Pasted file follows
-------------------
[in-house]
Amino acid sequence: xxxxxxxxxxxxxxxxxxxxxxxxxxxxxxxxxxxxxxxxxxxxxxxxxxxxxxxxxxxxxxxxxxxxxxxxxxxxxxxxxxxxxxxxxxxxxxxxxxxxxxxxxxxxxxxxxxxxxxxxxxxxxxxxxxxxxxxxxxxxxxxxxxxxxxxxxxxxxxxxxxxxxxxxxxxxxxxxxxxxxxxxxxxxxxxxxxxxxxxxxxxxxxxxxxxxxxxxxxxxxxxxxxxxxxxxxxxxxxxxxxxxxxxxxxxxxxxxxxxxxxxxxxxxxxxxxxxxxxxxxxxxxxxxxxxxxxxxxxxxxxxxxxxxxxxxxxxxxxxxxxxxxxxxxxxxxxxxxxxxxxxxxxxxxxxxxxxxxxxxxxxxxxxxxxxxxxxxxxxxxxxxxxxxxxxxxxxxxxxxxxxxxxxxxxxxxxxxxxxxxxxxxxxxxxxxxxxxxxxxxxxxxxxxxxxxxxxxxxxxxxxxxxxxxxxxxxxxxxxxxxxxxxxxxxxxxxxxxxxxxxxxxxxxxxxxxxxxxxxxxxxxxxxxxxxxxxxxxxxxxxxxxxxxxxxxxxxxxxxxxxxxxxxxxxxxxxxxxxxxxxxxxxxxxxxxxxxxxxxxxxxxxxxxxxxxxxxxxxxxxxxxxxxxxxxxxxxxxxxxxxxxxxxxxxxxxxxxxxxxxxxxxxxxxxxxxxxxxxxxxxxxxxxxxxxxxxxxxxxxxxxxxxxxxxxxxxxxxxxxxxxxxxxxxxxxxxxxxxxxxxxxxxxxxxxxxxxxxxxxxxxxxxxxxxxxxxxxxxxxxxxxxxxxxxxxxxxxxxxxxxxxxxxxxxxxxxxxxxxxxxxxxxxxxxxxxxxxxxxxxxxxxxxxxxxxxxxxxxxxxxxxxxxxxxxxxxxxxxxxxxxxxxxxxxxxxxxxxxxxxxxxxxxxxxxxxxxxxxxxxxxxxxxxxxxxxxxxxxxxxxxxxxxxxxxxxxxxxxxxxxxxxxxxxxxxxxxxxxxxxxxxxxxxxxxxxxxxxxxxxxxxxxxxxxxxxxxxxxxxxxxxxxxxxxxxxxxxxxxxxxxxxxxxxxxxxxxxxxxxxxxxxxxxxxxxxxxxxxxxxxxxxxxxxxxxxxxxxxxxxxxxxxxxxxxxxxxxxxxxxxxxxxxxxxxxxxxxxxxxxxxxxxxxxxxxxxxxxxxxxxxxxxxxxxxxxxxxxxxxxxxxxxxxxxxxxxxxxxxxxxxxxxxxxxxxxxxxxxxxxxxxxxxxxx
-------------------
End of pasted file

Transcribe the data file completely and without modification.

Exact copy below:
[in-house]
Amino acid sequence: xxxxxxxxxxxxxxxxxxxxxxxxxxxxxxxxxxxxxxxxxxxxxxxxxxxxxxxxxxxxxxxxxxxxxxxxxxxxxxxxxxxxxxxxxxxxxxxxxxxxxxxxxxxxxxxxxxxxxxxxxxxxxxxxxxxxxxxxxxxxxxxxxxxxxxxxxxxxxxxxxxxxxxxxxxxxxxxxxxxxxxxxxxxxxxxxxxxxxxxxxxxxxxxxxxxxxxxxxxxxxxxxxxxxxxxxxxxxxxxxxxxxxxxxxxxxxxxxxxxxxxxxxxxxxxxxxxxxxxxxxxxxxxxxxxxxxxxxxxxxxxxxxxxxxxxxxxxxxxxxxxxxxxxxxxxxxxxxxxxxxxxxxxxxxxxxxxxxxxxxxxxxxxxxxxxxxxxxxxxxxxxxxxxxxxxxxxxxxxxxxxxxxxxxxxxxxxxxxxxxxxxxxxxxxxxxxxxxxxxxxxxxxxxxxxxxxxxxxxxxxxxxxxxxxxxxxxxxxxxxxxxxxxxxxxxxxxxxxxxxxxxxxxxxxxxxxxxxxxxxxxxxxxxxxxxxxxxxxxxxxxxxxxxxxxxxxxxxxxxxxxxxxxxxxxxxxxxxxxxxxxxxxxxxxxxxxxxxxxxxxxxxxxxxxxxxxxxxxxxxxxxxxxxxxxxxxxxxxxxxxxxxxxxxxxxxxxxxxxxxxxxxxxxxxxxxxxxxxxxxxxxxxxxxxxxxxxxxxxxxxxxxxxxxxxxxxxxxxxxxxxxxxxxxxxxxxxxxxxxxxxxxxxxxxxxxxxxxxxxxxxxxxxxxxxxxxxxxxxxxxxxxxxxxxxxxxxxxxxxxxxxxxxxxxxxxxxxxxxxxxxxxxxxxxxxxxxxxxxxxxxxxxxxxxxxxxxxxxxxxxxxxxxxxxxxxxxxxxxxxxxxxxxxxxxxxxxxxxxxxxxxxxxxxxxxxxxxxxxxxxxxxxxxxxxxxxxxxxxxxxxxxxxxxxxxxxxxxxxxxxxxxxxxxxxxxxxxxxxxxxxxxxxxxxxxxxxxxxxxxxxxxxxxxxxxxxxxxxxxxxxxxxxxxxxxxxxxxxxxxxxxxxxxxxxxxxxxxxxxxxxxxxxxxxxxxxxxxxxxxxxxxxxxxxxxxxxxxxxxxxxxxxxxxxxxxxxxxxxxxxxxxxxxxxxxxxxxxxxxxxxxxxxxxxxxxxxxxxxxxxxxxxxxxxxxxxxxxxxxxxxxxxxxxxxxxxxxxxxxxxxxxxxxxxxxxxxxxxxxxxxxxxxxxxx